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How Not to Oversleep
How to stop oversleeping so you can arrive at work punctually feeling refreshed and ready for the day ahead.
Persistent oversleeping is usually the result of sleep deprivation, which can have many causes that may not necessarily be your fault—at least, not entirely. Nevertheless, there’s no excuse for it as far as bosses and coworkers are concerned. They want to work with people who behave in a professional manner, which you are not if you are always late in the morning.
But to stop oversleeping you need to understand why you allow yourself to oversleep. There could be a little more to it than laziness and a lack of self-discipline.
Fear of Oversleeping
Ironically, one cause of sleep deprivation is fear of oversleeping.
If you're always late for work and it's come to the point where the boss is threatening dismissal, you no doubt lie awake fretting that you’ll oversleep yet again. When you do eventually drift off, it's almost time to get up and you end up sleeping through the alarm.
You could, however, eliminate this fear with a waking system that makes oversleeping impossible.
A Reliable Waking System
Set an alarm clock with a "sleep" function for about half an hour before you have to get up. This should rouse you even if it doesn't fully wake you.
Additionally, plug a powerful radio into a timer socket at the other side of your room. Set it for the exact time you need to get out of bed with the volume so loud it will wake the neighbors if you don't get up and turn it off immediately.
Getting back into bed is fatal once you've turned the radio off—you'll definitely oversleep—so stay up no matter how tired you are.
But this solves only half the problem.
The Danger of Burning the Candle at Both Ends
Although a reliable waking system can prevent oversleeping, it won't stop you feeling tired if you haven't slept enough. Furthermore, persistently burning the candle at both ends, for whatever reason, can lead to disorders such as depression, obesity, high blood pressure and diabetes.
If you want to get up on time feeling refreshed and able to cope with your day, it goes without saying that you must go to bed sufficiently early in order to get sufficient sleep.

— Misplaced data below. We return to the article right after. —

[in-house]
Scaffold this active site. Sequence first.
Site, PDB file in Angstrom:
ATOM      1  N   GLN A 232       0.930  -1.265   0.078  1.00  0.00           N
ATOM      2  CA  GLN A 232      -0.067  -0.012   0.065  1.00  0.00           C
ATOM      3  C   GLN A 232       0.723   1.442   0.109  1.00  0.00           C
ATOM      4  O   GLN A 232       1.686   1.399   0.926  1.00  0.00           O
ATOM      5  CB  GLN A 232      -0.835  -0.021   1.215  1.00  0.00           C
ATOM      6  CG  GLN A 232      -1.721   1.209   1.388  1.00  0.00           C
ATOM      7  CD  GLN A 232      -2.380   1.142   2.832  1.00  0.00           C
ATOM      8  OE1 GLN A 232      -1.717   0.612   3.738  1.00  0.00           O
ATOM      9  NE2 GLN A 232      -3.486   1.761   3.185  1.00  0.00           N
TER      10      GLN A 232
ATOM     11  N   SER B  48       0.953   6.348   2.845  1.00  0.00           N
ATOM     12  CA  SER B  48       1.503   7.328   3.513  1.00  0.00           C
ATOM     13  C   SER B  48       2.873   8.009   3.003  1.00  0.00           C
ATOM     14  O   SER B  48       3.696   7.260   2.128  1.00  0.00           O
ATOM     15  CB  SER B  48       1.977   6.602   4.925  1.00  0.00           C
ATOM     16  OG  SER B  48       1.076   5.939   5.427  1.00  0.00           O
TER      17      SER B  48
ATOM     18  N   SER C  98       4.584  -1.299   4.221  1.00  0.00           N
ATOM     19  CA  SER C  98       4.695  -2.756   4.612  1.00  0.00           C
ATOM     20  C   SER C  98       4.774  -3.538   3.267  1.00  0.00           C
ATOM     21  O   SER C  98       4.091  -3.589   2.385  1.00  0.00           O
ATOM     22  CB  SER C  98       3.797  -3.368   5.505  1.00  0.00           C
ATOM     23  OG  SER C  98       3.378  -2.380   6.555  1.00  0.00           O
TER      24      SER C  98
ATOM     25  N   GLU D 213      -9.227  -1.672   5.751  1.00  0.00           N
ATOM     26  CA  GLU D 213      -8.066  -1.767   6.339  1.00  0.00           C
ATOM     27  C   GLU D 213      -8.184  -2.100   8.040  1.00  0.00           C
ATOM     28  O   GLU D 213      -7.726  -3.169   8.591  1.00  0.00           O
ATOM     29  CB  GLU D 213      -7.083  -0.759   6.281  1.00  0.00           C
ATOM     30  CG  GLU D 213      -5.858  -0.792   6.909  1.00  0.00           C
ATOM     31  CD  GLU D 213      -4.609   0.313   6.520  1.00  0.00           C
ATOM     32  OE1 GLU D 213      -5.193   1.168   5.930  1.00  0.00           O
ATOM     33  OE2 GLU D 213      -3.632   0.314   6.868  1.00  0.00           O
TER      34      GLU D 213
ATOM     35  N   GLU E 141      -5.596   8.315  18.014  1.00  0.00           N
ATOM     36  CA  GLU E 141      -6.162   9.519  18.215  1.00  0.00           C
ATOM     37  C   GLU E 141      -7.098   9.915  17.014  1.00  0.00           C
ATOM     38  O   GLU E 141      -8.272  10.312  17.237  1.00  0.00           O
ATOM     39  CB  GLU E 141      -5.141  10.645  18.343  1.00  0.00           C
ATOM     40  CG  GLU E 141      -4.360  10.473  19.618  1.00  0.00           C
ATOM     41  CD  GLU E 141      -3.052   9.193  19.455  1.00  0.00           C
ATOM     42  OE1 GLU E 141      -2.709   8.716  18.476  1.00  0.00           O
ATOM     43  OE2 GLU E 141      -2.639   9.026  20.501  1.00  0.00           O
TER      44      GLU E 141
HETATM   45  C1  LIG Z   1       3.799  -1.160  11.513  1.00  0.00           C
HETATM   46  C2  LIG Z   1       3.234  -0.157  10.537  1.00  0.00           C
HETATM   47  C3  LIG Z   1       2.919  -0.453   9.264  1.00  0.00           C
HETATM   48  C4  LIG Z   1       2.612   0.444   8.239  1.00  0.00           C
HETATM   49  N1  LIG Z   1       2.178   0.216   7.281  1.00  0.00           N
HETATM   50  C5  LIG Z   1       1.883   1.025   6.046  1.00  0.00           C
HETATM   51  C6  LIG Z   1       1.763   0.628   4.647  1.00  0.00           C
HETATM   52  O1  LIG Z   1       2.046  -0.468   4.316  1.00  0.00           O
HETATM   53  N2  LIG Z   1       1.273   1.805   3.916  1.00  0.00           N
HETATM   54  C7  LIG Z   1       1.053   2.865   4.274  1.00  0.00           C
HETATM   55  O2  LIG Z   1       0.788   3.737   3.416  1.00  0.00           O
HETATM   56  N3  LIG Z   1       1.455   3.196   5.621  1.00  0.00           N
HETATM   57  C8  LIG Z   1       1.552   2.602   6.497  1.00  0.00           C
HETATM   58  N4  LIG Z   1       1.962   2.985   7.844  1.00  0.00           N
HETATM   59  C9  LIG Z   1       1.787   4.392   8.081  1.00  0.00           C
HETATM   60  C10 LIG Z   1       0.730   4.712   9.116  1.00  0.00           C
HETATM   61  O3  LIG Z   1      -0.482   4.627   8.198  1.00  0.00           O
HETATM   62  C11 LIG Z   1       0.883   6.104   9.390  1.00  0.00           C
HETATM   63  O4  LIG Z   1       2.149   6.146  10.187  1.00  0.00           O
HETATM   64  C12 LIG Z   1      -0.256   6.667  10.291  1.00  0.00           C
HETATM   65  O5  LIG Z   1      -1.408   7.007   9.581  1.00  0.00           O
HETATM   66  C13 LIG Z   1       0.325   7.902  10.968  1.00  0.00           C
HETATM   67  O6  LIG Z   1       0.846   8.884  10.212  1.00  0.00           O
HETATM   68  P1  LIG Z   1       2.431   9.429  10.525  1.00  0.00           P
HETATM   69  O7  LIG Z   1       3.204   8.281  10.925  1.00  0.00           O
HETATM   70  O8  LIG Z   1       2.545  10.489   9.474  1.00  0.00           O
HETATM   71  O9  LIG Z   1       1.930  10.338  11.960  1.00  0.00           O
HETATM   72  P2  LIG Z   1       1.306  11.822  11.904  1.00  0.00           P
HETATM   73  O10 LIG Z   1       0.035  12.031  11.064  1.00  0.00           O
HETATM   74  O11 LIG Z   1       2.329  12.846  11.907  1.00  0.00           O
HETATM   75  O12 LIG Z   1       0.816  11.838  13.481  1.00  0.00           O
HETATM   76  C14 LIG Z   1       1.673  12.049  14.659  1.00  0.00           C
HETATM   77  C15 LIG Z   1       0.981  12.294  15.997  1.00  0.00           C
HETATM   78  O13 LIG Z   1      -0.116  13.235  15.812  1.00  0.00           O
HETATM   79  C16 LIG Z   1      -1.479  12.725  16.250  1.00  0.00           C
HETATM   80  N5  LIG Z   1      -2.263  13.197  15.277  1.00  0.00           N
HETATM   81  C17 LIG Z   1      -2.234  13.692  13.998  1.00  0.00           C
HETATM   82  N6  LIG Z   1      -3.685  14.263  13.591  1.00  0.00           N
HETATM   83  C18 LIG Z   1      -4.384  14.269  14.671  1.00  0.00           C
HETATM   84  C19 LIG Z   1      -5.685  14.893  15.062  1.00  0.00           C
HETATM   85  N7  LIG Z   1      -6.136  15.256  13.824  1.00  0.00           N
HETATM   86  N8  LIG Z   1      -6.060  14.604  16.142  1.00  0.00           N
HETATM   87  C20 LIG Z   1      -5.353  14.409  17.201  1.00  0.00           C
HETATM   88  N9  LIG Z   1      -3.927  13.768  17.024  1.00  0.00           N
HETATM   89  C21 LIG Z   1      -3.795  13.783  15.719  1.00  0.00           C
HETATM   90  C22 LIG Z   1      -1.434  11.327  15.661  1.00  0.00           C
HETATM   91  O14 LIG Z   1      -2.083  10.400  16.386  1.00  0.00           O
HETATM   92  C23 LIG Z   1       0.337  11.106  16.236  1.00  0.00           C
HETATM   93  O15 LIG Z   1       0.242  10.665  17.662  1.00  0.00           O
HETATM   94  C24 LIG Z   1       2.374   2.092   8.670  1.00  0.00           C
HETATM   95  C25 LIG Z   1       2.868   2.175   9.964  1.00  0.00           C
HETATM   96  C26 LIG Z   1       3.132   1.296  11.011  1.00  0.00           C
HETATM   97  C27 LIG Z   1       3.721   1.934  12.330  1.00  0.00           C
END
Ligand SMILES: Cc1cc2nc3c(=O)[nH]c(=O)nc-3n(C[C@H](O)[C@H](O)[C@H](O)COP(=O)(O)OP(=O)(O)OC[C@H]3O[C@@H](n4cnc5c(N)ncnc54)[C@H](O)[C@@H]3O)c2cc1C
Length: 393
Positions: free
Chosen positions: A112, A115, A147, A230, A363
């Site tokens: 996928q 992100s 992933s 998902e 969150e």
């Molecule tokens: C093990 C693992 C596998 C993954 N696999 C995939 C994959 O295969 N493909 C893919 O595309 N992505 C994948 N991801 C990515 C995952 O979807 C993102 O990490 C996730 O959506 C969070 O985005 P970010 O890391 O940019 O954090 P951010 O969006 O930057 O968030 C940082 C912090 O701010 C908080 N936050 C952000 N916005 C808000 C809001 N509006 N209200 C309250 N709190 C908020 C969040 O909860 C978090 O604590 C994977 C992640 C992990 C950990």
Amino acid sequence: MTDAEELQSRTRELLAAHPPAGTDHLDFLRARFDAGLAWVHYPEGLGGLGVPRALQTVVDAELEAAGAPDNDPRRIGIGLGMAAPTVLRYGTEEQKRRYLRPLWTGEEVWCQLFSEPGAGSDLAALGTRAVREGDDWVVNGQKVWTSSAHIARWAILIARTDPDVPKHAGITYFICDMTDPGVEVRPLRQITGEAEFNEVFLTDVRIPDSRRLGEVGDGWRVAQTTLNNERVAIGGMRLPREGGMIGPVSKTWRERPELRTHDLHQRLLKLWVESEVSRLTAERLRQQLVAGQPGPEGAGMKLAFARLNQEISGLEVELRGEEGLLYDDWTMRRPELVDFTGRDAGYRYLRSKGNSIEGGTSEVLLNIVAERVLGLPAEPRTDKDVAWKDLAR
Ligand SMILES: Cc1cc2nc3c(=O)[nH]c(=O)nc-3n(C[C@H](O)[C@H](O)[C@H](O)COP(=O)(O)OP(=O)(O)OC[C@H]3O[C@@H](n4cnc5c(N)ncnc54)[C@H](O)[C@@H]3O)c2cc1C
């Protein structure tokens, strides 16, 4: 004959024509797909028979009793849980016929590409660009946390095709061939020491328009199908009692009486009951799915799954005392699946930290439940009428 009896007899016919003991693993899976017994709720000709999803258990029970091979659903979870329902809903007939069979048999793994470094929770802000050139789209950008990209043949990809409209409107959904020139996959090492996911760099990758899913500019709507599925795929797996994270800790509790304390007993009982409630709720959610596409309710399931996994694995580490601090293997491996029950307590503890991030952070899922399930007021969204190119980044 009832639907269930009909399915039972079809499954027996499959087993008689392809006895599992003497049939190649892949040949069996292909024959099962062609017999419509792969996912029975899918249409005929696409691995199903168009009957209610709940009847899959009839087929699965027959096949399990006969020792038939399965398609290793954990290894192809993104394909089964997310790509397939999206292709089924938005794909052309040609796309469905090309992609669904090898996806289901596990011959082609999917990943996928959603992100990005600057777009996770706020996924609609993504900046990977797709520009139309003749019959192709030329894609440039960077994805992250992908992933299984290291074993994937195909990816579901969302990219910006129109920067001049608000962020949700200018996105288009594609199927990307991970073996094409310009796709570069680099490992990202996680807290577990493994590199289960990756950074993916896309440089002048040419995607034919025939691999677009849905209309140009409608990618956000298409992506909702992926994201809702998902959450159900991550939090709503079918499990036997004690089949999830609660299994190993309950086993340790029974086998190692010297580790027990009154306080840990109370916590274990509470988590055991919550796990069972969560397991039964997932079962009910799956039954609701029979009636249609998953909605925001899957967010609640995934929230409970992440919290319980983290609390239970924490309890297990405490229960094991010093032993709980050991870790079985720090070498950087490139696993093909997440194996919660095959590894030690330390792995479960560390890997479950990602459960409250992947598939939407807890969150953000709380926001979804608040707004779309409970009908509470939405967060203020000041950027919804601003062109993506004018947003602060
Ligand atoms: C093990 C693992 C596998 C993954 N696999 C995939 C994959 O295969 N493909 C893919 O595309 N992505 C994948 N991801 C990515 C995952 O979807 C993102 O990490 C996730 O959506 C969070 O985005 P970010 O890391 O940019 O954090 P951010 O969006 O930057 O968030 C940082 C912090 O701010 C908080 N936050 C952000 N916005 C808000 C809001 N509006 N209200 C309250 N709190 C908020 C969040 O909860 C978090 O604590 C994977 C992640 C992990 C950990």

There are, of course, reasons this might not always be possible, like the occasional social event you're obliged to attend, or a second job that helps make ends meet, but habitually going to bed much later that you should without good reason is down to a lack of self-discipline.
This, however, might not be entirely your fault.
A Lack of Self-Discipline May Not be Your Fault
Is Lack of Motivation the Cause of Oversleeping?
If you dislike your job, you may be compensating for it by spending as much of your free time as possible doing things you enjoy—whether it's a rewarding hobby or time spent with the family—even if it means robbing yourself of valuable sleep. This makes life seem worthwhile in spite of work. Getting up in the morning is difficult not only because you're tired, but because you can't bear the prospect of yet another day at a miserable job. So, it's not only a lack of self-discipline that's causing you to oversleep, but also a lack of motivation.
Did You Have a Strict Upbringing?
Another reason could be the way you were raised. If you had parents who sent you to bed as a form of punishment or forced you to turn in each night much earlier than your peers (even after you reached your teens), it's quite likely that you fester a lifelong resentment toward early nights or going to bed at all.
Are You a Night Owl?
Or maybe you're naturally nocturnal; a so-called "night owl". This is often genetic, so consider whether others in your family are prone to nocturnal sleeping habits.
Decide Between a Change of Job or a Change in Attitude
Should any of the above apply to you, perhaps you ought to think about changing your work hours if your job permits, which would mean working into the evening or night. If not, consider a career change—you certainly won't find success in your present job if you've gained a reputation for being always late and/or always tired. On the other hand, simply recognizing where the problem lies could help you solve it; a slight adjustment of attitude may be all it takes.
Do You Need More Sleep than the Average Person?
A further possible cause of oversleeping is a need for more sleep than the average person's six to nine hours—this is often true of young adults. If so, try cutting down on social engagements and time spent in front of the TV and computer in order that you can get to bed earlier.